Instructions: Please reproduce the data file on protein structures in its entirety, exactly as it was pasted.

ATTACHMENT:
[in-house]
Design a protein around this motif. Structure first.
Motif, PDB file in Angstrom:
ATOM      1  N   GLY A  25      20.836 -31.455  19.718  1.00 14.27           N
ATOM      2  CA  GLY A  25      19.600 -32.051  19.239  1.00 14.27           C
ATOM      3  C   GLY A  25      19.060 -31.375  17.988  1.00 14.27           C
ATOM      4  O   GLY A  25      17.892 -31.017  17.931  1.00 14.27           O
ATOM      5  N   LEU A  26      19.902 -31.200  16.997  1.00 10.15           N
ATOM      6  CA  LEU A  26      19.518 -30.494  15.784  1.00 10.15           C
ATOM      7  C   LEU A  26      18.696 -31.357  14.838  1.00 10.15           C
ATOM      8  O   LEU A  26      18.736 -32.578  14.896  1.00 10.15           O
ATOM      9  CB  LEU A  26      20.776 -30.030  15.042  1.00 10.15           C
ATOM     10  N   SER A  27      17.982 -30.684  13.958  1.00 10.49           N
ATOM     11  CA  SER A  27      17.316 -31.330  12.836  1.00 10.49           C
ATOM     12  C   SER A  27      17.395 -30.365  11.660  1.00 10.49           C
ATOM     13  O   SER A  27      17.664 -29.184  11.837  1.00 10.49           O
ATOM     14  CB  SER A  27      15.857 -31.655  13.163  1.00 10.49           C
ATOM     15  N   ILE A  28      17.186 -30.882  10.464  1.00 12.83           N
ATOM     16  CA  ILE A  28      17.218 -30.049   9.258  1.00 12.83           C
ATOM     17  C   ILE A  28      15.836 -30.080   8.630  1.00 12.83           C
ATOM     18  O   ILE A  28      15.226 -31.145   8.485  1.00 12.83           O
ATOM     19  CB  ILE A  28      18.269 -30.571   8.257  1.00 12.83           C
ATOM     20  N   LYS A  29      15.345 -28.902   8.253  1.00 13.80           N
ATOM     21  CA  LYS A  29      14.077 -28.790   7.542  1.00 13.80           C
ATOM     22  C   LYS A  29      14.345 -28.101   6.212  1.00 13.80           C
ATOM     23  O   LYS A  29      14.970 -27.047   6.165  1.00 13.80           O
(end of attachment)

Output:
[in-house]
Design a protein around this motif. Structure first.
Motif, PDB file in Angstrom:
ATOM      1  N   GLY A  25      20.836 -31.455  19.718  1.00 14.27           N
ATOM      2  CA  GLY A  25      19.600 -32.051  19.239  1.00 14.27           C
ATOM      3  C   GLY A  25      19.060 -31.375  17.988  1.00 14.27           C
ATOM      4  O   GLY A  25      17.892 -31.017  17.931  1.00 14.27           O
ATOM      5  N   LEU A  26      19.902 -31.200  16.997  1.00 10.15           N
ATOM      6  CA  LEU A  26      19.518 -30.494  15.784  1.00 10.15           C
ATOM      7  C   LEU A  26      18.696 -31.357  14.838  1.00 10.15           C
ATOM      8  O   LEU A  26      18.736 -32.578  14.896  1.00 10.15           O
ATOM      9  CB  LEU A  26      20.776 -30.030  15.042  1.00 10.15           C
ATOM     10  N   SER A  27      17.982 -30.684  13.958  1.00 10.49           N
ATOM     11  CA  SER A  27      17.316 -31.330  12.836  1.00 10.49           C
ATOM     12  C   SER A  27      17.395 -30.365  11.660  1.00 10.49           C
ATOM     13  O   SER A  27      17.664 -29.184  11.837  1.00 10.49           O
ATOM     14  CB  SER A  27      15.857 -31.655  13.163  1.00 10.49           C
ATOM     15  N   ILE A  28      17.186 -30.882  10.464  1.00 12.83           N
ATOM     16  CA  ILE A  28      17.218 -30.049   9.258  1.00 12.83           C
ATOM     17  C   ILE A  28      15.836 -30.080   8.630  1.00 12.83           C
ATOM     18  O   ILE A  28      15.226 -31.145   8.485  1.00 12.83           O
ATOM     19  CB  ILE A  28      18.269 -30.571   8.257  1.00 12.83           C
ATOM     20  N   LYS A  29      15.345 -28.902   8.253  1.00 13.80           N
ATOM     21  CA  LYS A  29      14.077 -28.790   7.542  1.00 13.80           C
ATOM     22  C   LYS A  29      14.345 -28.101   6.212  1.00 13.80           C
ATOM     23  O   LYS A  29      14.970 -27.047   6.165  1.00 13.80           O